Reshaping The Landscape - Black Enterprise
Black Enterprise Magazine July/August 2018 Issue

This isn’t your grandmother’s geography class–or your mother’s, for that matter. GIS is powerful software that’s changing the landscape of technology. But prior to Sept. 11, GIS, or Geographic Information System, was almost unheard of in the general public.

Why the sudden buzz? “Recent world events have significantly heightened the importance of the need to understand all of the systems, infrastructure, and design of everything that contributes to our communities, our livelihoods, and our safety,” says Earl McDowell Jr., 29, a St. Louis-based urban planner and mapping consultant. Quite simply, GIS “helps you gather as much information as possible to make certain determinations; it brings the essence of geography to the mainstream.”

GIS is hardware, software, and a collection of geographic data that helps the user capture, store, manipulate, analyze, and display all forms of information. If this all sounds a bit complicated and high-tech, consider that everyday we witness examples of GIS in action. Government agencies have been using it to collect data on crime patterns to determine where and how to focus their efforts. And if you’ve seen the CBS drama The District, you’ve likely seen GIS in action (called COMSTAT on the show). Everyone from farmers to builders to marine biologists uses the technology, helping to spur the billion dollar GIS software industry. In fact, when you watch the weather forecast on TV, you’re witnessing GIS technology in action in the form of maps and satellite images.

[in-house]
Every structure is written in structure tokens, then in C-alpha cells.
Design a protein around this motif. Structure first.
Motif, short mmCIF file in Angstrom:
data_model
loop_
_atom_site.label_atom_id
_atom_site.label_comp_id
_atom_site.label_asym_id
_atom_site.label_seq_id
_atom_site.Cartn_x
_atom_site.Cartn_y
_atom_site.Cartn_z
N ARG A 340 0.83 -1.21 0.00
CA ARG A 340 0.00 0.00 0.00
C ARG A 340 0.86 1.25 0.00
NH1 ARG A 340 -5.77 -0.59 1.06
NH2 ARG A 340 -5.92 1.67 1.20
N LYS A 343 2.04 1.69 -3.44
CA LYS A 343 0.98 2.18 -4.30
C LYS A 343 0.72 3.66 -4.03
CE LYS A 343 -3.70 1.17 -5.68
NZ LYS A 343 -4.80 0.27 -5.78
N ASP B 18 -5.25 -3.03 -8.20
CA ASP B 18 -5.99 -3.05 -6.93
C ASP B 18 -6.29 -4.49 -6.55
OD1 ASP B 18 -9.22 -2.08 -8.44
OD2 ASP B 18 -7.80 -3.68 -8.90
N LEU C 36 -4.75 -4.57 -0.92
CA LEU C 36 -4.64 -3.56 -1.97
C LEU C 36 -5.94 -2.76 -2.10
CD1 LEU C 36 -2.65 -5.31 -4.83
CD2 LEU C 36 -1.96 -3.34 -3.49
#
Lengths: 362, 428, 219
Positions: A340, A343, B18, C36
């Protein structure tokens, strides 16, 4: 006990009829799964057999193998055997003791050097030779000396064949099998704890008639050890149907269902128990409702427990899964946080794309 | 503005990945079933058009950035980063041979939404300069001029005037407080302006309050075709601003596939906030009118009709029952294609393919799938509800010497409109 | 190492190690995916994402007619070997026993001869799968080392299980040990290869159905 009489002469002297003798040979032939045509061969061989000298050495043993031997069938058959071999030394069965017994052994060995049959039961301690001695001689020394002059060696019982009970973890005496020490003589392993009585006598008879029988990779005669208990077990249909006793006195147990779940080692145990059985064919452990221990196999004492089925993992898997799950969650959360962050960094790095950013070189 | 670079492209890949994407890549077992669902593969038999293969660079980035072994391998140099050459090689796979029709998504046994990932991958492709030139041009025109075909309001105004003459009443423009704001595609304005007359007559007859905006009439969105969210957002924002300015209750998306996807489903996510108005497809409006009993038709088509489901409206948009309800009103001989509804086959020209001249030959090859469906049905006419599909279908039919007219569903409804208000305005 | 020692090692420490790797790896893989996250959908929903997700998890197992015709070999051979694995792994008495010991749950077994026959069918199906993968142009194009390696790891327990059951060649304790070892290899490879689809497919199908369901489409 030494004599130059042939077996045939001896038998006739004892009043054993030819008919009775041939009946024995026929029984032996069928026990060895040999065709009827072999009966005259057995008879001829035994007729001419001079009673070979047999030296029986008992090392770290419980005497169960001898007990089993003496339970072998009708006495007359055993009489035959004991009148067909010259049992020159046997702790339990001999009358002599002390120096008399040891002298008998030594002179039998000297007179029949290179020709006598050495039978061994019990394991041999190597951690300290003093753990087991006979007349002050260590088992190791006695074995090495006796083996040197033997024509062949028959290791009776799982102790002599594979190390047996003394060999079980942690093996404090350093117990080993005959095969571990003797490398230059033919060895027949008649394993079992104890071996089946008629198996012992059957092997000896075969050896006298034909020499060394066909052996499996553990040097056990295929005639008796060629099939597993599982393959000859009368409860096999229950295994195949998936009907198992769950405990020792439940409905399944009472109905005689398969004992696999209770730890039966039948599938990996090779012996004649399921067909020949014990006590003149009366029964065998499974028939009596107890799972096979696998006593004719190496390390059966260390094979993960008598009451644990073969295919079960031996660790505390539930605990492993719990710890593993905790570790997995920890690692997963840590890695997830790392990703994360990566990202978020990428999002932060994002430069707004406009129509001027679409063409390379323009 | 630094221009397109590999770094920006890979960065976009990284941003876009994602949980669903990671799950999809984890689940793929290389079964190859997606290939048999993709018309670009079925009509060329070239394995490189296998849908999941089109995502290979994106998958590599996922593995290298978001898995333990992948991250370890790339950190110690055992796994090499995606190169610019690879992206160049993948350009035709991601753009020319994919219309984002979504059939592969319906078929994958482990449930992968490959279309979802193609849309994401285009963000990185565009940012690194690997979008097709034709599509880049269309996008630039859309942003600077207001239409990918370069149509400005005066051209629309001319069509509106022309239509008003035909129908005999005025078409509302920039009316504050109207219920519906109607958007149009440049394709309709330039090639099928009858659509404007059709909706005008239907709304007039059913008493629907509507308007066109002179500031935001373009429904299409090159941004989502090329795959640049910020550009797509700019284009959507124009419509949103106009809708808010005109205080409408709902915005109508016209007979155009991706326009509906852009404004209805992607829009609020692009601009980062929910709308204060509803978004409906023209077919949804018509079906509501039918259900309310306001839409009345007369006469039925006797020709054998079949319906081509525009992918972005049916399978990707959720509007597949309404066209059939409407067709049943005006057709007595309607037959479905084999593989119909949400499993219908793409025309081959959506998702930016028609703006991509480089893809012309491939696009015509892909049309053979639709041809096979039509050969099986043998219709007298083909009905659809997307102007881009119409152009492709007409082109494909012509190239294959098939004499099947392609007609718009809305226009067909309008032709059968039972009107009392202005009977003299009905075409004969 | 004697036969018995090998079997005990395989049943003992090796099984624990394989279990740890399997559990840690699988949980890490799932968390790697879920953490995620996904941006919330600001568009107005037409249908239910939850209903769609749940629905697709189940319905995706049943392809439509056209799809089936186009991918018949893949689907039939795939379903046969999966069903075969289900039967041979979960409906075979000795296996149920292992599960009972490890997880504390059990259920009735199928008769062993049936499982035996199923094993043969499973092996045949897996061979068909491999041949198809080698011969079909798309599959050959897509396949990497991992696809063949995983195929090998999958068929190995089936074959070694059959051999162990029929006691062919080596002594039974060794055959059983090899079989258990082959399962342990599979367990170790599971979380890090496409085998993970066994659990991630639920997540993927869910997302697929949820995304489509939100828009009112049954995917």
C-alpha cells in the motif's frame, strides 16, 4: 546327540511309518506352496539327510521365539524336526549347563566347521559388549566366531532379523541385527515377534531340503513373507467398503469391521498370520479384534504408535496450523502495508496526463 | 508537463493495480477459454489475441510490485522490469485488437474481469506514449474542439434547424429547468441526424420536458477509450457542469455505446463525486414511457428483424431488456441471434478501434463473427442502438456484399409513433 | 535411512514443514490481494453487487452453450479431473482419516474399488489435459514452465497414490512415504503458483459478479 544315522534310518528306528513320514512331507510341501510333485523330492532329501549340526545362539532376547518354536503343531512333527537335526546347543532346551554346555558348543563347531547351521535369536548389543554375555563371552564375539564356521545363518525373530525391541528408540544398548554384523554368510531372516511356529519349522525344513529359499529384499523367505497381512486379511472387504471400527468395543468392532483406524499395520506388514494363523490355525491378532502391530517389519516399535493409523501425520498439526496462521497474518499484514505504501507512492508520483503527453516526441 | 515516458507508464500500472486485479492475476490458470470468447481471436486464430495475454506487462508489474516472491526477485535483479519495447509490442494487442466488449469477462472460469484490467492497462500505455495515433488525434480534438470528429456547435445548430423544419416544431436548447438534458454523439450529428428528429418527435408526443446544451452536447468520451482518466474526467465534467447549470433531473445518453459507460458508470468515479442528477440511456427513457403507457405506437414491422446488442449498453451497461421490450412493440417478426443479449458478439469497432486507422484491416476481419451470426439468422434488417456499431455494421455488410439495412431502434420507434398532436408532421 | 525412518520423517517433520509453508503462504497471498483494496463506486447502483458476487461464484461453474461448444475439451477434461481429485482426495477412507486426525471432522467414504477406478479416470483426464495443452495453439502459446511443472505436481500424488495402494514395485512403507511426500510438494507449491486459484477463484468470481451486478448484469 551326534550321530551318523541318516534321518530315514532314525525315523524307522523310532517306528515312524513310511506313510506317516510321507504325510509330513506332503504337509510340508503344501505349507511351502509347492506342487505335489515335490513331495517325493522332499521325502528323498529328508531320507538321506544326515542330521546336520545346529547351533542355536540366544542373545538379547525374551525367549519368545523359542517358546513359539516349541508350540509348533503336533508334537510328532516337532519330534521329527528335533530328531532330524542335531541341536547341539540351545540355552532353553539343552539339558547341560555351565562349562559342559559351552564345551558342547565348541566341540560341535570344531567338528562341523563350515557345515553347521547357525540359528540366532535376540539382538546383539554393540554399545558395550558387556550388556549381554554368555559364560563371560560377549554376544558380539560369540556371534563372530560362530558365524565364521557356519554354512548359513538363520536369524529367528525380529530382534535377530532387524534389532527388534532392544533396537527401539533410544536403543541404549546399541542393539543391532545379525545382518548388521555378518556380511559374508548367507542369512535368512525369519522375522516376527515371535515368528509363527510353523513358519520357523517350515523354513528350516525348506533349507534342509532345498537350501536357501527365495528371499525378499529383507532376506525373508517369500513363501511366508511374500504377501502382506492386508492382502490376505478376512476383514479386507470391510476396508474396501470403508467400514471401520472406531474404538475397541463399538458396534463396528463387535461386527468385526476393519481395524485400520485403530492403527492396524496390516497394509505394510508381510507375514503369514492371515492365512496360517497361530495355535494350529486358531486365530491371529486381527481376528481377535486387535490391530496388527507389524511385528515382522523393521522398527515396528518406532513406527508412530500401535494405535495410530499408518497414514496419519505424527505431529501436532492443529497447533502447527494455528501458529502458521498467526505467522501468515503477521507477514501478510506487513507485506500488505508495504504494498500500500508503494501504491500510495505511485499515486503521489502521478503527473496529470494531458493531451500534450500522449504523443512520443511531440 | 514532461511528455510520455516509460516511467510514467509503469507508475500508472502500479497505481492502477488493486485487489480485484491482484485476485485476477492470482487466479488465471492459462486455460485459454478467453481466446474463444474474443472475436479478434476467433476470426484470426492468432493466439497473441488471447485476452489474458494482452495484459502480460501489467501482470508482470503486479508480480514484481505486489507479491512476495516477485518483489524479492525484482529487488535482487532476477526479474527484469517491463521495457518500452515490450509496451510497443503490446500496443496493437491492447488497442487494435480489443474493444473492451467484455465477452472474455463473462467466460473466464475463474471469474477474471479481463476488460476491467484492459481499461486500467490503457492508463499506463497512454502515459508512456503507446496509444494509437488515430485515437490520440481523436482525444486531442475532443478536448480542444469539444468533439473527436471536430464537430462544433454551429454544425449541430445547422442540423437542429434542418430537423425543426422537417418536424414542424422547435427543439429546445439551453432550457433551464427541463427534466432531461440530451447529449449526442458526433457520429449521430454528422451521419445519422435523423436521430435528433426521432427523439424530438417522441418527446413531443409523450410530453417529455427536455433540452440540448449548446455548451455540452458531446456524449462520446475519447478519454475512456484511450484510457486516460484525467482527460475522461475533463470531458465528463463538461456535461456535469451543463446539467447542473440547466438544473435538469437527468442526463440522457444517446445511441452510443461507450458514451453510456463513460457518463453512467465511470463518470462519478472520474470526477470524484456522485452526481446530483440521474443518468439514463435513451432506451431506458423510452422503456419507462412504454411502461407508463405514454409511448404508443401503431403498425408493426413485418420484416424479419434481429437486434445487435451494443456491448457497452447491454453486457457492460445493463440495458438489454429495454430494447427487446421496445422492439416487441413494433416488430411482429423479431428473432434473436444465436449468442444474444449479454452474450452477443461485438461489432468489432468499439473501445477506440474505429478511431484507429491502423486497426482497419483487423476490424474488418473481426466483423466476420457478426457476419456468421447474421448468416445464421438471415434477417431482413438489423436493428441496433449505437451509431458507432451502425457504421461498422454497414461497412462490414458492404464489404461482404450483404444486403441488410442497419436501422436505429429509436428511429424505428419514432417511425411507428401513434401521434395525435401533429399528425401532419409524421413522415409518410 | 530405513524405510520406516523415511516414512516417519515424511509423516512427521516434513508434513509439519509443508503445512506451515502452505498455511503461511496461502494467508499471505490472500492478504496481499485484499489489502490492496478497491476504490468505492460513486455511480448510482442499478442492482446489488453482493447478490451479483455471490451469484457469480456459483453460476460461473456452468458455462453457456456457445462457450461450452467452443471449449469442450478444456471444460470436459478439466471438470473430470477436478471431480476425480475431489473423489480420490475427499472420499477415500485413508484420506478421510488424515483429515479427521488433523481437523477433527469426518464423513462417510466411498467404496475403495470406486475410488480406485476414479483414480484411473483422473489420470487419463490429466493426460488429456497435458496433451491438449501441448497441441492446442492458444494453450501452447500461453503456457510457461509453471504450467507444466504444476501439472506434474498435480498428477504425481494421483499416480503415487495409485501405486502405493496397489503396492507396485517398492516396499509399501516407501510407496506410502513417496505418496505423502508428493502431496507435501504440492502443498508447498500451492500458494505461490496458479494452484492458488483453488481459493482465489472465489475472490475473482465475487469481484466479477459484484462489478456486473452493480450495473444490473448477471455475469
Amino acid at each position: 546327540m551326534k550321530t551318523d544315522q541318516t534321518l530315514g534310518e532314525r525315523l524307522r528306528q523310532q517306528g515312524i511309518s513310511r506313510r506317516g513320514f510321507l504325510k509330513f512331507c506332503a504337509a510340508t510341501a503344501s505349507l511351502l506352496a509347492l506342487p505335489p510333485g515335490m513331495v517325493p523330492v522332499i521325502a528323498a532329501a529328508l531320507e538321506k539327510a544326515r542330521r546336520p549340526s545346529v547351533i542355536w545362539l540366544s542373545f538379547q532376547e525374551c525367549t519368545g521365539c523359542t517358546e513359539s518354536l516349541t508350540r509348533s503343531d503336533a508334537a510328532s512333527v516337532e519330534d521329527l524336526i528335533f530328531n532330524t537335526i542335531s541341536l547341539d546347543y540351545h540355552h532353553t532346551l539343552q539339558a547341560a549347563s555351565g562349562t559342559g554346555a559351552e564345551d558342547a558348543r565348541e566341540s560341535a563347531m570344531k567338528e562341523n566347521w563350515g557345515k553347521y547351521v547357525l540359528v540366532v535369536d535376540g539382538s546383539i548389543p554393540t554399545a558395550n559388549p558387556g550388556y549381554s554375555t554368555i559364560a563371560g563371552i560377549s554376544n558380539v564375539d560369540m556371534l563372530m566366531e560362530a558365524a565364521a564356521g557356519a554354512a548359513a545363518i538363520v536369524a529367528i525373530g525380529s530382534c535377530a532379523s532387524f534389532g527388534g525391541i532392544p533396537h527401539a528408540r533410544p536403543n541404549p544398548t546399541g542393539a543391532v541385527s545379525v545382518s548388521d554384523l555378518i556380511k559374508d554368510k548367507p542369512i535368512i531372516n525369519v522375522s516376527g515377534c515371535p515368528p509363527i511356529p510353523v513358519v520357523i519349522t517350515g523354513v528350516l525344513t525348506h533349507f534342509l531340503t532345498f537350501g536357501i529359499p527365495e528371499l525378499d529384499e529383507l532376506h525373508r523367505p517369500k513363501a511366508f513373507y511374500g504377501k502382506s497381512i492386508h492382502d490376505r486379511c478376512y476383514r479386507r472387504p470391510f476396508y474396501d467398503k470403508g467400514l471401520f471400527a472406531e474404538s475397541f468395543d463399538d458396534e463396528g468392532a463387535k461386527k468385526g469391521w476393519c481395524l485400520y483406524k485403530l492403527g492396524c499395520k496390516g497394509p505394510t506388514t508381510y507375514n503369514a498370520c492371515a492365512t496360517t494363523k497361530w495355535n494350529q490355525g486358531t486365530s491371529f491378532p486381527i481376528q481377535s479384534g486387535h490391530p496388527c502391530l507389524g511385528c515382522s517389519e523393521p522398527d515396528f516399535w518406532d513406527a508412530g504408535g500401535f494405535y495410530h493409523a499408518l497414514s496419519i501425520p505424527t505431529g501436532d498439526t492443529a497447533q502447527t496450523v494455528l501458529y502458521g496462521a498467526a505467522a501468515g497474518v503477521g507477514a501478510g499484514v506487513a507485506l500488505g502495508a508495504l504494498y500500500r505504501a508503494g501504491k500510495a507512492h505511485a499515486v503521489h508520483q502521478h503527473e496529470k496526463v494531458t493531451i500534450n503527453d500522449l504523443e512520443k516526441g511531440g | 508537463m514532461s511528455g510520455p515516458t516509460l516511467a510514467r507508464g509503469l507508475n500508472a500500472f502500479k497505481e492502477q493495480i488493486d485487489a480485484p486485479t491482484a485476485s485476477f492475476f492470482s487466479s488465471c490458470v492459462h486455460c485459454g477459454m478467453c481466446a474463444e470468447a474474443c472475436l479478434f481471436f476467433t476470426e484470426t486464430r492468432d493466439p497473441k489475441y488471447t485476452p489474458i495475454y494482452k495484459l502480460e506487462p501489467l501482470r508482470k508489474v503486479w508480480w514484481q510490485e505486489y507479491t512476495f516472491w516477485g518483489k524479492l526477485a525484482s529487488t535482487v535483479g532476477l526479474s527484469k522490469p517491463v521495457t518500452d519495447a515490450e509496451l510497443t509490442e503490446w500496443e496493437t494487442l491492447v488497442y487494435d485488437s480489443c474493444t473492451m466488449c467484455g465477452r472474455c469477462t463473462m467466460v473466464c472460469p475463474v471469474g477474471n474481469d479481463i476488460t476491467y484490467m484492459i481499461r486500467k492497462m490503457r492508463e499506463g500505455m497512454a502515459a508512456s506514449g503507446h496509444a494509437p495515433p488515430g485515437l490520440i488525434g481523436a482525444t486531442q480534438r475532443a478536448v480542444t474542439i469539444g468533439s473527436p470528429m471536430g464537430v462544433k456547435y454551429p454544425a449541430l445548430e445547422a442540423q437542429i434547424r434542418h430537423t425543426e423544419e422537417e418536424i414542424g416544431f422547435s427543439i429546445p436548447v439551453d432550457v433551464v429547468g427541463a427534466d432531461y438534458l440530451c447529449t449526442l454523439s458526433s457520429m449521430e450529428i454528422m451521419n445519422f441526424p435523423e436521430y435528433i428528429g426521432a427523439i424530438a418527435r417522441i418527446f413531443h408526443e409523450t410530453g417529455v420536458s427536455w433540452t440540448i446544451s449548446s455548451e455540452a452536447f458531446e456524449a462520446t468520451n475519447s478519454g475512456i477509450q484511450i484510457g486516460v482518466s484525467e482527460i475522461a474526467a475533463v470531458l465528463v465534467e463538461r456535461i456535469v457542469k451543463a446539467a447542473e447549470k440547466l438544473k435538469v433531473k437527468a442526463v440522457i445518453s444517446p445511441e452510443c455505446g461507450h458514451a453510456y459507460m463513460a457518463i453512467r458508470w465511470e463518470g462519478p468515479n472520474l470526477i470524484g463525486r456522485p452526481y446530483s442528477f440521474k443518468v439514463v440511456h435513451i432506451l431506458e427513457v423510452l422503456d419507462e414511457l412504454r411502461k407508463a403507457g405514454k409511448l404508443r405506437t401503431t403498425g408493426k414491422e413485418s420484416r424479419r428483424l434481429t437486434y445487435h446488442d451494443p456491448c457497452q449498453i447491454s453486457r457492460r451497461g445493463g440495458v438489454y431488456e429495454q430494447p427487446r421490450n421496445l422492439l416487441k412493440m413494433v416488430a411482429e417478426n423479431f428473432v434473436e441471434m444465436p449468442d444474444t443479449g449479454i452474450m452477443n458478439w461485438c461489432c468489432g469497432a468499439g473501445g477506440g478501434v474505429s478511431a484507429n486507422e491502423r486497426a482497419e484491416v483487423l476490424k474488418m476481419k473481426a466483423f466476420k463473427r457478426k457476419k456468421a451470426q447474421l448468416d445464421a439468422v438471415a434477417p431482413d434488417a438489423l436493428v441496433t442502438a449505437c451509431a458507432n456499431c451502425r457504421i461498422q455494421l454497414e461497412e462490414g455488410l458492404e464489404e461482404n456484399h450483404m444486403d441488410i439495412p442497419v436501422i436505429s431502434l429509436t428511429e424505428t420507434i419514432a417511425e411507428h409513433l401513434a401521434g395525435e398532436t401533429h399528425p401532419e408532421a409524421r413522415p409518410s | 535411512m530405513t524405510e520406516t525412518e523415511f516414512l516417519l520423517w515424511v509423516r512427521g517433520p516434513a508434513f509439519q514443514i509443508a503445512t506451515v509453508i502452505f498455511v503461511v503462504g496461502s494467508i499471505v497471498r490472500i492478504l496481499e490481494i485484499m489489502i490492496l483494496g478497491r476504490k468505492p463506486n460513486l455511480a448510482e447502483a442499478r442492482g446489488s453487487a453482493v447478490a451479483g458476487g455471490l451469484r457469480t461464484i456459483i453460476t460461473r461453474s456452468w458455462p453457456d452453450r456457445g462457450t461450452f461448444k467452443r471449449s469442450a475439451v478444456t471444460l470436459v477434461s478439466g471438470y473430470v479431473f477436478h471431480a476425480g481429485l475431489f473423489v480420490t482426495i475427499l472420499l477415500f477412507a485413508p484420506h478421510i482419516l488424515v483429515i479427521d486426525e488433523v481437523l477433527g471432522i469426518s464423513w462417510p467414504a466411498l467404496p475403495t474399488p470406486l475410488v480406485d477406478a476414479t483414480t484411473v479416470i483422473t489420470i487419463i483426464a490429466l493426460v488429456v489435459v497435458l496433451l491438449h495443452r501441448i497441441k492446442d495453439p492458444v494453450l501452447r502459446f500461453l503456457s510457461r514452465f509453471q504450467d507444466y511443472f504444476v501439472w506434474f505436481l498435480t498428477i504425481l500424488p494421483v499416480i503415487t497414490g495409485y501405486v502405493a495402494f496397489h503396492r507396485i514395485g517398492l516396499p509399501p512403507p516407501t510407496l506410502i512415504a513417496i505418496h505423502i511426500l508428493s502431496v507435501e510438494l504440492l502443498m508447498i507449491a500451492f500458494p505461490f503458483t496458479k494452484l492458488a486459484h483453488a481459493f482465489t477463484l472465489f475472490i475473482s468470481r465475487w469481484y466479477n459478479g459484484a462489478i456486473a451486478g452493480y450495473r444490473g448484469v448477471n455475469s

Now, more people are interested in where they are and where they’re going, says McDowell, who has been using the technology for nine years. He says that the technology has gained attention not just because of the attacks but also because the technology is finally catching up to the field. “You need a pretty robust computer to do this–one with at least 512MB of RAM and a 1.2GHz processor,” says McDowell. “You can expect to invest at least $20,000 for a full-scale operation,” which is exactly what he’s done, adding that it’s a wise investment. “The technology will explode, especially with the new emphasis on homeland defense. And wireless technology is making GIS more pervasive,” he adds.

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